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Retrospectacle: The Supertramp Anthology
     

Retrospectacle: The Supertramp Anthology

4.5 2
by Supertramp
 

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Considering their career spanned close to 30 years, it's amazing how condensed most people's vision of Supertramp has become. Or maybe not. Few listeners, after all, would disagree that their prime period encompassed the mere six or so years that divided Crime of the Century (their third album) from Breakfast in America (their

Overview

Considering their career spanned close to 30 years, it's amazing how condensed most people's vision of Supertramp has become. Or maybe not. Few listeners, after all, would disagree that their prime period encompassed the mere six or so years that divided Crime of the Century (their third album) from Breakfast in America (their sixth), and that the pile of vinyl on either side of that is more or less padding. Certainly Retrospectacle has no problem with that scenario. A completist's eye for affairs does permit the first two albums to enjoy a quick look-in, with one song apiece; and similar treatment is meted out to the seven albums that took the band through the '80s and beyond. The meat of the moment, however, arrives with "Land Ho," the first vinyl manifestation of the so-called "classic" 'tramp lineup, and a lost 45 from early 1974. And, from thereon in, it's all plain sailing -- five songs from Crime of the Century, four apiece from Crisis? What Crisis and Even in the Quietest Moments. . ., and a whopping six from Breakfast in America, all selected to depict the band at the peak of its creative and musical powers -- the haunted harp that opens "School," the staccato percussion that powers "Lady," the lurid harmonies of "From Now On," and on to the sheer illogical madness of "The Logical Song" -- in fact, the only weakness here is the substitution of a live "You Started Laughing" for the vastly superior studio B-side. That aside, though, Retrospectacle tells its story with as much panache as the best of Supertramp could ever demand.

Product Details

Release Date:
10/18/2005
Label:
A&M
UPC:
0602498858141
catalogNumber:
000549002
Rank:
56065

Tracks

Album Credits

Performance Credits

Supertramp   Primary Artist
Roger Hodgson   Acoustic Guitar,Piano,Cello,Bass Guitar,Electric Guitar,Keyboards,Vocals
Karyn White   Background Vocals
Steve Reid   Percussion
Evan Rogers   Background Vocals
Brian Banks   Synclavier
Kevin Currie   Percussion
Rick Davies   Organ,Harmonica,Piano,Keyboards,Electric Piano,Vocals
Frank Farrell   Piano,Accordion,Bass Guitar,Vocals,Vocal Harmony
Mark Hart   Guitar,Keyboards,Vocals,Background Vocals
John Helliwell   Clarinet,Keyboards,Saxophone,Brass,Woodwind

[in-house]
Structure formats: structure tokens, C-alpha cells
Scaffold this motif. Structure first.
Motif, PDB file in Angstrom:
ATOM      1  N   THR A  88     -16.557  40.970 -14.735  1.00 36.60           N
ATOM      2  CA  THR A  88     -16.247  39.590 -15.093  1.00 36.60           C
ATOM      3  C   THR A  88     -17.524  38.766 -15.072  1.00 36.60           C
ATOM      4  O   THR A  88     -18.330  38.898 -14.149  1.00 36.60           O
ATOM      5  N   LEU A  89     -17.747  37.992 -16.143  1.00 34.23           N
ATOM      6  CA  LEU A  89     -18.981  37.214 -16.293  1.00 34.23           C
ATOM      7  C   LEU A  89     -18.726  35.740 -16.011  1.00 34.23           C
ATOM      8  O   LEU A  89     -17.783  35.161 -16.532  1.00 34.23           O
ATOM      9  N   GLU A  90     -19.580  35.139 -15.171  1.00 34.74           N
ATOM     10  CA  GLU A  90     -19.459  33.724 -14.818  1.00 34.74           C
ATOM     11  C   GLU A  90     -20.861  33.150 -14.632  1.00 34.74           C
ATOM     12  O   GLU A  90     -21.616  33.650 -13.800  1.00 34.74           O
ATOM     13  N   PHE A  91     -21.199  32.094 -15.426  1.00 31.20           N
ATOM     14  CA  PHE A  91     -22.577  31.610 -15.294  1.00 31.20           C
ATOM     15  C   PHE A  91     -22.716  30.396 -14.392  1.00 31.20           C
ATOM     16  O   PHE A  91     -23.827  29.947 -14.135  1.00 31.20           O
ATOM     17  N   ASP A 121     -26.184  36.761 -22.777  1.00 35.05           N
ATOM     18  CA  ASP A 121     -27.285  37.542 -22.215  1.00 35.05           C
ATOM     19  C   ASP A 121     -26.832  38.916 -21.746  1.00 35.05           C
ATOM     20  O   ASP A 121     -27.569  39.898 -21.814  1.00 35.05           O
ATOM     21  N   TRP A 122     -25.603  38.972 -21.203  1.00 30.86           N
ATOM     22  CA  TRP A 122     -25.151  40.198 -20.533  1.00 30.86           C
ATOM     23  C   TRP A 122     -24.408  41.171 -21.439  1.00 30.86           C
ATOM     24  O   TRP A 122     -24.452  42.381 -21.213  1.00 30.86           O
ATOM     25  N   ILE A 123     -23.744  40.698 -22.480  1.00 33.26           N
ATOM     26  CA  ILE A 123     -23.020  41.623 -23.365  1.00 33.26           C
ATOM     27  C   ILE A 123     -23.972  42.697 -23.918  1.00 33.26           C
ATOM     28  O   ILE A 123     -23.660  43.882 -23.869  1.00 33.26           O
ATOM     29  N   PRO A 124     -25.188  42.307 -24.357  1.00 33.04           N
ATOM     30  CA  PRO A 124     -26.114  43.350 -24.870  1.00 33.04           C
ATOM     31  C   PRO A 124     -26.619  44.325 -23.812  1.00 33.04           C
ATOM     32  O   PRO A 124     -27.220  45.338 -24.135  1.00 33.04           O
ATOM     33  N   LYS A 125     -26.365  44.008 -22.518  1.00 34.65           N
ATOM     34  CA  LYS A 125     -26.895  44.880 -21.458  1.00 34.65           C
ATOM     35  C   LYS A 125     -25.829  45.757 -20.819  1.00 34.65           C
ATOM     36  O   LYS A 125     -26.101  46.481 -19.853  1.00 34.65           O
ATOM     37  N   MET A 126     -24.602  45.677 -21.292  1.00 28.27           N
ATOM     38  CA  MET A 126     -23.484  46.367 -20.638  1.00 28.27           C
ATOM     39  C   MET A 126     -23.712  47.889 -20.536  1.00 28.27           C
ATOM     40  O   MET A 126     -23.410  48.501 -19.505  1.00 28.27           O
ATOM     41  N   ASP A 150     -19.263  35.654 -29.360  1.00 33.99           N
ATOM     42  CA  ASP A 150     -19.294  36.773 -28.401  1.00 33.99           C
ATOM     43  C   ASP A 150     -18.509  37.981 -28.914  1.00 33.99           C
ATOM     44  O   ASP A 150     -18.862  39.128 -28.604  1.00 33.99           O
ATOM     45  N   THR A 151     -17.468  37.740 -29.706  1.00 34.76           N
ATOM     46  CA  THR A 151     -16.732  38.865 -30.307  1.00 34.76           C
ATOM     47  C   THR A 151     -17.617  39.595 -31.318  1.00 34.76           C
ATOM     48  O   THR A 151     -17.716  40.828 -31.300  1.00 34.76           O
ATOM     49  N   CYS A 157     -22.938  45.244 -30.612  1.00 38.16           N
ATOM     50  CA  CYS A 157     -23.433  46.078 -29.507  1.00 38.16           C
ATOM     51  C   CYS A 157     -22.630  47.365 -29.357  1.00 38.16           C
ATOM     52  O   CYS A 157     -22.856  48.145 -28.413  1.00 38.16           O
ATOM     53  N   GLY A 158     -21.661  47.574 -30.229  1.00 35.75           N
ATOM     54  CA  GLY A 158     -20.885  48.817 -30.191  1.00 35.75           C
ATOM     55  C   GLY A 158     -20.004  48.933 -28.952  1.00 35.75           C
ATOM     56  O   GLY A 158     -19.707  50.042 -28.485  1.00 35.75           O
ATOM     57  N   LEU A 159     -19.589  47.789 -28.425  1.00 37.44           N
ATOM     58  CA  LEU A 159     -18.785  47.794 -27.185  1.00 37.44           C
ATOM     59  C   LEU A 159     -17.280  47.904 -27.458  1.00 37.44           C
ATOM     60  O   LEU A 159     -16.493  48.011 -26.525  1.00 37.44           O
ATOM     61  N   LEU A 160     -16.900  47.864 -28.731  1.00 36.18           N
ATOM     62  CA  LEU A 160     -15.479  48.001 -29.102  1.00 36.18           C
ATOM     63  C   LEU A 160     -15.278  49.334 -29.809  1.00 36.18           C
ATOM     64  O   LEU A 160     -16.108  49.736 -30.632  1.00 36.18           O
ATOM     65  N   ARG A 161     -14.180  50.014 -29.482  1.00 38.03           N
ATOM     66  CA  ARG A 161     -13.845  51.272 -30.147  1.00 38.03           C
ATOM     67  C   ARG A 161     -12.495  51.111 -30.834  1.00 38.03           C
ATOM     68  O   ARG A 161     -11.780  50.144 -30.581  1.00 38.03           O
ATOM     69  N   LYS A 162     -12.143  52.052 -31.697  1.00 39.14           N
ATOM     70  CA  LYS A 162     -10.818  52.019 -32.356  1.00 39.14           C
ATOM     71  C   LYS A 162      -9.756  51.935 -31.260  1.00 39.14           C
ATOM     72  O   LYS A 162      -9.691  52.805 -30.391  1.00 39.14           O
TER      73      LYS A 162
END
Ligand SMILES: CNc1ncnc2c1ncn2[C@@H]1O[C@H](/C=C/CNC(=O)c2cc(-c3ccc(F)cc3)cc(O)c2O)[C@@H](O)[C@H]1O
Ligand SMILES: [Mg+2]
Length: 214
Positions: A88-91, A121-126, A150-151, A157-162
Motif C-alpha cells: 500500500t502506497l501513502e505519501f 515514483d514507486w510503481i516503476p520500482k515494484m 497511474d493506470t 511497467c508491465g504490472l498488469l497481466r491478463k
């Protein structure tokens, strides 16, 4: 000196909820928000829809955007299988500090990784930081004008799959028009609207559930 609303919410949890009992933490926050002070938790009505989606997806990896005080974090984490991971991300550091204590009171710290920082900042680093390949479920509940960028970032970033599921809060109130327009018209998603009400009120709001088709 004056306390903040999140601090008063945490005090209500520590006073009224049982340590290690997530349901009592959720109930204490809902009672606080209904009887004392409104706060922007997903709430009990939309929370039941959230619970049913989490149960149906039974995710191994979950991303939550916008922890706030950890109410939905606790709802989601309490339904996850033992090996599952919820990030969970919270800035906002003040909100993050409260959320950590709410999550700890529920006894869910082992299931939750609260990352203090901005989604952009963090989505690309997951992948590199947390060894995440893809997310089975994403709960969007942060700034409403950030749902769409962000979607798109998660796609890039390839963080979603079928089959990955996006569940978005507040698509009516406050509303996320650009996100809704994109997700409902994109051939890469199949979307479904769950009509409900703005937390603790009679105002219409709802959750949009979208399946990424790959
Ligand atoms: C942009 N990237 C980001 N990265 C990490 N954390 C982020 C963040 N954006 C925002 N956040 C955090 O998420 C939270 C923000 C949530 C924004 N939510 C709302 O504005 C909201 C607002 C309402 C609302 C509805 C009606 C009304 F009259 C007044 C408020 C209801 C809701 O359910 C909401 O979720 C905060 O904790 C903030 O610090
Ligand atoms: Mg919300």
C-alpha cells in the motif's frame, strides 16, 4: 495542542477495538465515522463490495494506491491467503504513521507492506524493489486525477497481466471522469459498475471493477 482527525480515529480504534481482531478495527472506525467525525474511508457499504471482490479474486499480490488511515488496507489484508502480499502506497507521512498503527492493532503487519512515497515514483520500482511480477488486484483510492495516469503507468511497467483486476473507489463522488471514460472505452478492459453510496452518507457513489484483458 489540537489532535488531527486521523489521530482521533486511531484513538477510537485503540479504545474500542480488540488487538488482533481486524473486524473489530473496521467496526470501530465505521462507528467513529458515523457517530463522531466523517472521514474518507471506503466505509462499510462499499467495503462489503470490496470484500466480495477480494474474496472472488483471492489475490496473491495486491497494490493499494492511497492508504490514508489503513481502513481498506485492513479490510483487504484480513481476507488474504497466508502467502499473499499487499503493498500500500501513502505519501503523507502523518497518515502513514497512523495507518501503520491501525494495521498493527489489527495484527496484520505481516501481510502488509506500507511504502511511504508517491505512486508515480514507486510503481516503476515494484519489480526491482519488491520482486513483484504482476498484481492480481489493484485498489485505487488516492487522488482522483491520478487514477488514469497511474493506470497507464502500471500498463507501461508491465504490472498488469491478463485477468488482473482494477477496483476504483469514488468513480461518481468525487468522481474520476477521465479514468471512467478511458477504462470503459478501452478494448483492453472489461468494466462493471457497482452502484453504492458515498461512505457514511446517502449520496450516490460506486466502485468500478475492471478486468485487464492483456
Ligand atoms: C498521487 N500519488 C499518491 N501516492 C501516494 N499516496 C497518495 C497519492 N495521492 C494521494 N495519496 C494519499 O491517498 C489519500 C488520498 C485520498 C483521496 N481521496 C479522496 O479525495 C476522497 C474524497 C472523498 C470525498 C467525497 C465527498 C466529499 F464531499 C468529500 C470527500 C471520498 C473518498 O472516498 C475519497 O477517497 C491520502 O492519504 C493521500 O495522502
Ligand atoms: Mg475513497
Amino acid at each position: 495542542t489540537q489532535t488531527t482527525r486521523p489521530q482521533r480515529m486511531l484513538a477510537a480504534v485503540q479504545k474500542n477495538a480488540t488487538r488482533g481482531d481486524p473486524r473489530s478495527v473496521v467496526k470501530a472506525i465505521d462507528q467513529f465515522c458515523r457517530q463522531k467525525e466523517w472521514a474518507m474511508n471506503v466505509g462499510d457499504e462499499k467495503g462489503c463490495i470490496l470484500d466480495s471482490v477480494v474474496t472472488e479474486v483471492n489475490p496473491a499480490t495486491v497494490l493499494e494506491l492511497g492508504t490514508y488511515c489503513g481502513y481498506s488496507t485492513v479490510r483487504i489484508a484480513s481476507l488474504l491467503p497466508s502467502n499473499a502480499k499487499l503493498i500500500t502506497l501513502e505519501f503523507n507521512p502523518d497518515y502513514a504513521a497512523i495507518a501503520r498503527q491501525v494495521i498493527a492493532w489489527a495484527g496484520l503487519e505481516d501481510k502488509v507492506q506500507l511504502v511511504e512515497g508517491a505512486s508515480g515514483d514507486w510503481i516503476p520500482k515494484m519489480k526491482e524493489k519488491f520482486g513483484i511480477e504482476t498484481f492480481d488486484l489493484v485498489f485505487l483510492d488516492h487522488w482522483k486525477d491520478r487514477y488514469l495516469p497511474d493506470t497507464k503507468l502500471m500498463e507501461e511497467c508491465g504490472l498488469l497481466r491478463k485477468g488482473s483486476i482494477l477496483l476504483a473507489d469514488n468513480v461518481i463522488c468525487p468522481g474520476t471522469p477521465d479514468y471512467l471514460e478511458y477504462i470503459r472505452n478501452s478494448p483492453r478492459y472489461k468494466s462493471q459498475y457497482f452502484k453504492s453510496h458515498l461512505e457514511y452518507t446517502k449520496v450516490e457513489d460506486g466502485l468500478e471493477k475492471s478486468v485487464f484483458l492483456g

Cliff Hugo   Bass,Bass Guitar
Nick Lane   Brass
Anthony Marinelli   Synclavier
Gary Mielke   oberheim
Lise Miller   Background Vocals
Scott Page   Brass
Richard Palmer   Acoustic Guitar,Balalaika,Electric Guitar,Vocals
Lon Price   Brass
Bob C. Benberg   Percussion,Drums
Lee Thornburg   Trombone,Trumpet,Background Vocals,Brass
Dougie Thompson   Bass
Carl Verheyen   Guitar
Marty Walsh   Background Vocals
Tom Walsh   Percussion
Dave Winthrop   Flute,Saxophone,Vocals
David Woodford   Brass
Slyde Hyde   Trombone,Tuba
Dougie Thomson   Bass Guitar
Linda Foot   Background Vocals
Robert Millar   Harmonica,Percussion
Jesse Siebenberg   Percussion,Background Vocals
Rick Davies & Jazzismo   Harmonica,Keyboards,Timbales,Vocals

Technical Credits

Roger Hodgson   Composer
Ken Scott   Audio Production
Ken Allardyce   Engineer
Tom Anderson   Engineer
Brian Banks   Programming
Gary Chang   Programming
Rick Davies   Composer
Jack Douglas   Producer,Audio Production
Geoff Emerick   Engineer
Mark Ettel   Engineer
Mark Hart   Producer
Peter Henderson   Producer,Engineer,Audio Production
Richard Hewson   Orchestral Arrangements
David Kershenbaum   Producer,Audio Production
Anthony Marinelli   Programming
Jay Messina   Producer,Engineer,Audio Production
Richard Palmer   Composer
Allen Sides   Engineer
Norman Hall   Engineer
Steve McMillan   Engineer
Steve Crimmel   Engineer
Richard Frankel   Art Direction
Rick Davies & Jazzismo   Producer,Executive Producer
Scott Schinder   Essay
Russel Pope   Audio Production

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Retrospectacle: The Supertramp Anthology 4.5 out of 5 based on 0 ratings. 2 reviews.
Guest More than 1 year ago
Supertramp hits the mark with their offering of a two-disc greatest hits set "Retrospectacle." Besides all the radio-ready hits of the songs from their two most popular American studio efforts, "Crime of the Century" ("Bloody Well Right", "Dreamer") and "Breakfast in America" ("The Logical Song", "Goodbye Stranger"), the oft-overlooked LPs, including among them, one song each from their pre-fame days (an edited version of "Surely" from their 1970 self-titled LP and "Your Poppa Don't Mind" from 1971's "Indelibly Stamped") as well as the rare early 1974 UK-only non-LP single "Land Ho" (here represented as the 1975 remix) and its B-side "Summer Romance". The Hodgson-led period closes with "Don't Leave Me Now" from 1982's "... Famous Last Words...", which also gave us the hits "It's Raining Again" and "My Kind of Lady". The post-Hodgson period is not well represented, as only one song each from the albums of this era are included here: "Cannonball" from 1985's "Brother Where You Bound", "Free as a Bird" from the same-titled album from 1987, "You Win, I Lose" from the band's 1997 comeback CD "Some Things Never Change", a live 9-minute-plus take of the 1975 Crisis album track "Another Man's Woman" from their 1999 live CD "It Was the Best of Times" and "Over You" from 2002's "Slow Motion". Despite this eventual shortcoming, this anthology is still better than the single-CD "The Very Best of Supertramp" for the aforementioned inclusion of "Land Ho" and other 'non-hit' album gems.
Anonymous More than 1 year ago